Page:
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Pet insurance when travelling

The right pet insurance can offer protection when travelling with your animal and/or holiday cover to insure the cost of the vacation itself.

Key points

  • Check whether your pet's policy covers vet fees abroad
  • Some policies offer holiday cover, compensating you if travel plans are disrupted by a pet's illness (before or during your holiday)
  • Pet passports and associated costs can be a significant expense - this can be insured against
  • Watch out for exclusions such as countries that aren't covered and/or time restrictions on holidays

We all need to get away from it all from time to time - and that might include your pet!

Luckily, it's now much easier to travel abroad with your dog, cat or ferret than it used to be.

Previously, many animals entering the UK would face a six-month stay in quarantine but, under the Pet Travel Scheme (Pets), this is no longer the case - providing certain conditions are in place.

Before booking your holiday, think about whether your furry friend is suited to travelling - and also whether you have appropriate pet insurance in place.

Insuring your holiday if your pet falls ill

Some policies include holiday cover, an option offering protection for disrupted vacation plans if your pet develops a life-threatening illness.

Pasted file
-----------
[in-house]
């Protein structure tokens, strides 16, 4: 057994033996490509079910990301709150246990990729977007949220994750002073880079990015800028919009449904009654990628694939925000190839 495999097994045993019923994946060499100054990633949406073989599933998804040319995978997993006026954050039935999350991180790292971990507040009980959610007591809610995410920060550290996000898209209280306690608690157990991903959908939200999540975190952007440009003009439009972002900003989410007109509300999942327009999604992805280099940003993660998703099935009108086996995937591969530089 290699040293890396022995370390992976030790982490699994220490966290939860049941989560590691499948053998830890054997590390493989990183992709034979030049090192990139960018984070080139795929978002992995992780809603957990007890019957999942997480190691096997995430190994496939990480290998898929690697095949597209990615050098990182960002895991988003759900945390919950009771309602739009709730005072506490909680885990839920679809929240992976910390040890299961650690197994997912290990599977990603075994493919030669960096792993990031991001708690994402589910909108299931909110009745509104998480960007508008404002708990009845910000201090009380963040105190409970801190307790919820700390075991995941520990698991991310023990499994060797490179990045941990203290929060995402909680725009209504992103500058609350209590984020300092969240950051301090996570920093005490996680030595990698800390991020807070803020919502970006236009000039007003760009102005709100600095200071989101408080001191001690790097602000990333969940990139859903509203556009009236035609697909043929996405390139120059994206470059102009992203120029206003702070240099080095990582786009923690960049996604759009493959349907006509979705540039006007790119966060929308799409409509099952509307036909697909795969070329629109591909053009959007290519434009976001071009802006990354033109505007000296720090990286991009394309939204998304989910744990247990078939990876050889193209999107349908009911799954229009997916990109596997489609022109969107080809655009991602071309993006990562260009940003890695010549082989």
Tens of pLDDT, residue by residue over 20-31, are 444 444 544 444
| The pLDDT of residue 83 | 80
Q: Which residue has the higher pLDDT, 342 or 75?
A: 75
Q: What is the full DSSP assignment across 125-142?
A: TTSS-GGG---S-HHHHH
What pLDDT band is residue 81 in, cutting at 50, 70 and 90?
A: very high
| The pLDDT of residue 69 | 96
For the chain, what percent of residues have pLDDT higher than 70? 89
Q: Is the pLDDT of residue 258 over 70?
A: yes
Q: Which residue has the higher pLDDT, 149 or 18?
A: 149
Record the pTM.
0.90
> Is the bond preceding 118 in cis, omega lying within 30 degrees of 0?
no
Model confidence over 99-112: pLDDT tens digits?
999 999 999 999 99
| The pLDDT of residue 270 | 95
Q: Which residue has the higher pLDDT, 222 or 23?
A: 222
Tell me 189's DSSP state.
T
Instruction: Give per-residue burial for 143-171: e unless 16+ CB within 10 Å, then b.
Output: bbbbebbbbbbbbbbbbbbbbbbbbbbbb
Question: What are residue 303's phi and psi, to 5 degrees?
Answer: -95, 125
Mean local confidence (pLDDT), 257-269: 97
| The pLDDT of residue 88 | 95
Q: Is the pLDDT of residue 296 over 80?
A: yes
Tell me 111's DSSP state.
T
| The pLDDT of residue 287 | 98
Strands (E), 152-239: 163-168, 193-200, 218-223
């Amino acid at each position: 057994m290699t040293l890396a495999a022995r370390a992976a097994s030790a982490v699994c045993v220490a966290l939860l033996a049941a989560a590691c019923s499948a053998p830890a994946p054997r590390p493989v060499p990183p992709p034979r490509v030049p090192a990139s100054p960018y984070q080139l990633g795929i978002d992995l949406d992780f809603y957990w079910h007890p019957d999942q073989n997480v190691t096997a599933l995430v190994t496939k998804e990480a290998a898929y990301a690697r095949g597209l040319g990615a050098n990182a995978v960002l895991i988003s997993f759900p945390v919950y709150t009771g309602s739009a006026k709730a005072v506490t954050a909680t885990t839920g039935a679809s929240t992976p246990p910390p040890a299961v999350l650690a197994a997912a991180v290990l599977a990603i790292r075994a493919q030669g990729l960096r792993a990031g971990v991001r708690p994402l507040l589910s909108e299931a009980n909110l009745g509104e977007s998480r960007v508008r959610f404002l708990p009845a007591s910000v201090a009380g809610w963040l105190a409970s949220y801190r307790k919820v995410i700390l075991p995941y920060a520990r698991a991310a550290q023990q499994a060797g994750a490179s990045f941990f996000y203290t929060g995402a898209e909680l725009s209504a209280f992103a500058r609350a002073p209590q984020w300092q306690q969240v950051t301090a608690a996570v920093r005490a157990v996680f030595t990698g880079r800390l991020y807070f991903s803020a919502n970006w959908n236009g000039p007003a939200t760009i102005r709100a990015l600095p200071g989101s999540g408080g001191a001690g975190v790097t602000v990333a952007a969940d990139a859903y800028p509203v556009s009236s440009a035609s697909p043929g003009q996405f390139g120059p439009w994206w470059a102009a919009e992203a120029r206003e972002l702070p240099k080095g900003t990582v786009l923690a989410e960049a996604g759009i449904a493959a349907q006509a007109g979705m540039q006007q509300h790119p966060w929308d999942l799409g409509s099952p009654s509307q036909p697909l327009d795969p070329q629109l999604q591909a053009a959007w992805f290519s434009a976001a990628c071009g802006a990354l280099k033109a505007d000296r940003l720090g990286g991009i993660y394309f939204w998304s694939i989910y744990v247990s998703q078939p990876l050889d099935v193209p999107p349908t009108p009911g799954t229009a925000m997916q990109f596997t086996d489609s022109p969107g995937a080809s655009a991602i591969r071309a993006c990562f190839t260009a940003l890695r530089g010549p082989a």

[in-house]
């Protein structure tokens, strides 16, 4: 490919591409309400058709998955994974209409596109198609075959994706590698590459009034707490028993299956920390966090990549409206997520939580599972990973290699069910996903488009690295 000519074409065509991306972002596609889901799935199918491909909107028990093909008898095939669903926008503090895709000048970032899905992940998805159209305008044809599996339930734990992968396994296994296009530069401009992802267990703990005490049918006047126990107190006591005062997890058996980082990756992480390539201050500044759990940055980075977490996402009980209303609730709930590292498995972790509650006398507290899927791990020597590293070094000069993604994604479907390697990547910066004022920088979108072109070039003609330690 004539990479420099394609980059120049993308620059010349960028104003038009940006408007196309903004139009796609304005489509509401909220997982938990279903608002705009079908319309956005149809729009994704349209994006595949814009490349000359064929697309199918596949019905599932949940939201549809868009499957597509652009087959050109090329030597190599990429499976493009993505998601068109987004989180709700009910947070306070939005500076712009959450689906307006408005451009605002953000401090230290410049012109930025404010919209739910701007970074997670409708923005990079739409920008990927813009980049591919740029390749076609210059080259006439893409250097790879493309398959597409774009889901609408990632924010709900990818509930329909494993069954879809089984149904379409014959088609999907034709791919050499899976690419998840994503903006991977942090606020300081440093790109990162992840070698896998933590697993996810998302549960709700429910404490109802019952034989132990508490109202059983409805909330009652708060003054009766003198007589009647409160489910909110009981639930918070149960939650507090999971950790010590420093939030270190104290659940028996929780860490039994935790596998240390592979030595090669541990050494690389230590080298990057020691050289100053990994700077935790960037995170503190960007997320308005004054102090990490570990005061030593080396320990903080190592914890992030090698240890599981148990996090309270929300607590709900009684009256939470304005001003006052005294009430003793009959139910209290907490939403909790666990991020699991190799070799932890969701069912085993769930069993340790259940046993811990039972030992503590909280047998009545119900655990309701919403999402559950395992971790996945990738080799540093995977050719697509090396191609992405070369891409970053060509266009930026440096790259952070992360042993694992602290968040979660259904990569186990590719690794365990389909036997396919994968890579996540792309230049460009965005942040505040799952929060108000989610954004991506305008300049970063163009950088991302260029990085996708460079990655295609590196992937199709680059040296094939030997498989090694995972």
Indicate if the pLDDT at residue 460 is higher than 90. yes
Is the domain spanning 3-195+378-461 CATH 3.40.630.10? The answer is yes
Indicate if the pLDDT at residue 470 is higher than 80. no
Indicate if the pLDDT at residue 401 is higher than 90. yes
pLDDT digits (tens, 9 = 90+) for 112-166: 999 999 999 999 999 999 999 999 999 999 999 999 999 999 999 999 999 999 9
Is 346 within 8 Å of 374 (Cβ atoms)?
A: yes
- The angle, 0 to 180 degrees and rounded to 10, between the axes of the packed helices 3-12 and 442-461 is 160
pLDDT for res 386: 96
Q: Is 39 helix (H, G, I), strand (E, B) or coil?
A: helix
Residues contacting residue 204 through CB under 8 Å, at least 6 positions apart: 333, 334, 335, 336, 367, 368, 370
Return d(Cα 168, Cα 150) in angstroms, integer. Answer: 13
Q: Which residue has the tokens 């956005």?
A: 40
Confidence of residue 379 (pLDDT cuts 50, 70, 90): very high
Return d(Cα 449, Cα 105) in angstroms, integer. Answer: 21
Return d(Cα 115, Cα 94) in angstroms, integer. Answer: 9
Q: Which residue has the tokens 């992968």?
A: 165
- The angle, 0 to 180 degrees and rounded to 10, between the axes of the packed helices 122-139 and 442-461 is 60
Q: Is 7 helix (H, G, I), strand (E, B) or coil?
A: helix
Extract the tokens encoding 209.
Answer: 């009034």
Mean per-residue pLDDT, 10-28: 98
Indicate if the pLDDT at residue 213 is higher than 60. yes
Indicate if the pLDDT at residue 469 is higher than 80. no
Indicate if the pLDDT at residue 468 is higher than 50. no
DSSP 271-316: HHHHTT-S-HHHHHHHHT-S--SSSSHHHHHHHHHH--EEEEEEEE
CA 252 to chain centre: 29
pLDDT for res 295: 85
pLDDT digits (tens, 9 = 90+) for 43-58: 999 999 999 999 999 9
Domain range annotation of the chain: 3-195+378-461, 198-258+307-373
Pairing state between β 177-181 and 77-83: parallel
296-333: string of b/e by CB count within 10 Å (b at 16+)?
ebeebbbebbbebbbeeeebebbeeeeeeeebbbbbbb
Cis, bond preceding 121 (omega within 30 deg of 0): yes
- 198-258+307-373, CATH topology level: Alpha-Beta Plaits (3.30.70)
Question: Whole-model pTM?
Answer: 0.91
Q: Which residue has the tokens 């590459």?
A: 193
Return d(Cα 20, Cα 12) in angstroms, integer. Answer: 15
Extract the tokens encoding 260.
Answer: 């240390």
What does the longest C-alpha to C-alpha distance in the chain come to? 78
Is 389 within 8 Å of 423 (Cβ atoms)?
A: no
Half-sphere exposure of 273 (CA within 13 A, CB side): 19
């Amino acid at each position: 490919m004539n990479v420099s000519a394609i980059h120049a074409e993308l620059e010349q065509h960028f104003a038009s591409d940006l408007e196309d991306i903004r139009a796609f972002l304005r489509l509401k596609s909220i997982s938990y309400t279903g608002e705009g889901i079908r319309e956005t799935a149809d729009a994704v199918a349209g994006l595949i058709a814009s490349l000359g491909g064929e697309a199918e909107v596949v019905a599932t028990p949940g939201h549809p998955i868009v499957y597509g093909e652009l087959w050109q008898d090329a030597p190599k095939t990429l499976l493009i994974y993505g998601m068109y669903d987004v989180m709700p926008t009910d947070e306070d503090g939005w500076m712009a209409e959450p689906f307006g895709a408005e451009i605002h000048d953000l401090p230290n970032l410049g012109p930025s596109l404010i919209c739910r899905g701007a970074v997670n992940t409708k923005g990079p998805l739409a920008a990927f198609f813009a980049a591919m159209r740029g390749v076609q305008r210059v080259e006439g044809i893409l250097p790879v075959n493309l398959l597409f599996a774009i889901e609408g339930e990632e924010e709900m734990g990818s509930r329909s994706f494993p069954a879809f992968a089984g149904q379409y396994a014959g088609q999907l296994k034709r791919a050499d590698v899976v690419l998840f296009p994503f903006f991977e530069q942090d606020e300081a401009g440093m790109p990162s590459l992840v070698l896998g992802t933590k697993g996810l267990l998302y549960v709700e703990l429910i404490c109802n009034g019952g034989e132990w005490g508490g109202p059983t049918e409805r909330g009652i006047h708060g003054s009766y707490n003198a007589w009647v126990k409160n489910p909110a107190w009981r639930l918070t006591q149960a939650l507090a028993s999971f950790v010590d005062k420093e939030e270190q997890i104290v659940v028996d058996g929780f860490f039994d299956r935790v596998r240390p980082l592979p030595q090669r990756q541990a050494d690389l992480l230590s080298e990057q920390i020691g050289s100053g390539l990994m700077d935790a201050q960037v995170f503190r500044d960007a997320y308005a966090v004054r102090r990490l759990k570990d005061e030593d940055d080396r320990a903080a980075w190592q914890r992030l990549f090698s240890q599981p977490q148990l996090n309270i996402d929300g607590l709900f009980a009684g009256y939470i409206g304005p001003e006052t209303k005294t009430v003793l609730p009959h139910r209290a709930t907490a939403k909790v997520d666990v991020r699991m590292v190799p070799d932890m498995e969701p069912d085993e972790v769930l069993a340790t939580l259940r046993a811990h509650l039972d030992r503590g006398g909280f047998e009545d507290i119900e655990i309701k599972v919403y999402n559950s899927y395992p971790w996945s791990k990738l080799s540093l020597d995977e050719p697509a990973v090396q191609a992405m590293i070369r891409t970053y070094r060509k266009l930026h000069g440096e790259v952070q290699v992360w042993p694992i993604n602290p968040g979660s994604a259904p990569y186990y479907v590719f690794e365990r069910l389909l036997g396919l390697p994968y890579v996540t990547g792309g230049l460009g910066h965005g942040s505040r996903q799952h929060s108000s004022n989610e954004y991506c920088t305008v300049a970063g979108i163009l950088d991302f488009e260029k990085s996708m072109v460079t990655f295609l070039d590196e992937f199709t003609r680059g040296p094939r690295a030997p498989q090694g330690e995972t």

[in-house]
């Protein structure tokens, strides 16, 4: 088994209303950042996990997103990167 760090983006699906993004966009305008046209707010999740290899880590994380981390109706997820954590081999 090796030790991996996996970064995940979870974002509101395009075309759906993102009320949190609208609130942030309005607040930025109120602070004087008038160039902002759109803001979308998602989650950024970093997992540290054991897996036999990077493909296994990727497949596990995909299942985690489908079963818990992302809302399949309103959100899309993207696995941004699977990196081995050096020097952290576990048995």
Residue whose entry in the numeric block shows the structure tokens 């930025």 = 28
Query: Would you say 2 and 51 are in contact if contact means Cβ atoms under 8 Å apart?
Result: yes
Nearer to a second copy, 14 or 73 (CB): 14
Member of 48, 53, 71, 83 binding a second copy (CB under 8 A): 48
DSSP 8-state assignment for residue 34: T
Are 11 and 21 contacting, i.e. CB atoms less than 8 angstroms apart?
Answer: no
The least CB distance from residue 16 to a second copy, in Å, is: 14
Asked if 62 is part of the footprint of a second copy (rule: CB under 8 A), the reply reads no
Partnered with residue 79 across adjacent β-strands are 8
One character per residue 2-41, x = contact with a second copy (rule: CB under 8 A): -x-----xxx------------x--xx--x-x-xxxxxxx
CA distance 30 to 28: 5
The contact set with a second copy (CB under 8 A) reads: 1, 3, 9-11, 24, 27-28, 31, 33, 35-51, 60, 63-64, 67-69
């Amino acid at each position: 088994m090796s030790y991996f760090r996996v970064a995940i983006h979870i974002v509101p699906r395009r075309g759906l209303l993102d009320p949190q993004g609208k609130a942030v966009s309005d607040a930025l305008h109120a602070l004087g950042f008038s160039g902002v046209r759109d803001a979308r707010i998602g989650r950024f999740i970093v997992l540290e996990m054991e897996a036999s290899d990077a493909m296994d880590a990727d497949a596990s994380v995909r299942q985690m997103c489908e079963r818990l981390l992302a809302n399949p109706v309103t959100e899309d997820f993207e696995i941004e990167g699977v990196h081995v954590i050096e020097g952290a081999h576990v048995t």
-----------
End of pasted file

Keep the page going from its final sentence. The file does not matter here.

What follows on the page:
On 17 July, 2014, Gocompare.com analysed 279 dog insurance policies and 271 cat insurance policies listed on the matrix of independent financial researcher Defaqto.

A total of 153 of the dog insurance policies covered holiday cancellation as standard, while 30 offered this as an added extra.Dog and cat

You also need to be aware of cover levels. Of the dog policies studied, 54 offered cancellation protection of £2,000 or more.

It was a similar story with cat insurance, with 149 of the policies studied offering holiday cancellation as standard and 28 as an added extra, with 49 offering protection of £2,000 or more.

"If you are frequent flyers you may well want to consider checking whether your pet insurance policy offers holiday cancellation protection and how much it would pay out if you had to make a claim, as well as the associated excesses," said Gocompare.com's Ben Wilson.

Insurance for pets abroad

If you already have a policy, read it carefully to make sure accidents, illness and emergencies away from home are covered.

Some policies include overseas pet travel as standard but, with others, you might have to add a clause to cover your trip.

Contact your insurance provider and tell them where you're holidaying and check that there aren't any cover restrictions for that destination
Ben Wilson, Gocompare.com

In Gocompare.com's July 2014 study, 33% of dog policies offered no cover for vet fees abroad and - of the 186 that did cover this - just 50 offered over £5,000 worth of protection.

Findings were similar with cat insurance, with 34% of the policies offering no overseas vet fee cover and just 46 offering over £5,000 worth of protection.

"If you are planning on taking your pet abroad with you there are some important things to consider before you leave," said Wilson.

"Contact your insurance provider and tell them where you're holidaying and check that there aren't any cover restrictions for that destination.Labrador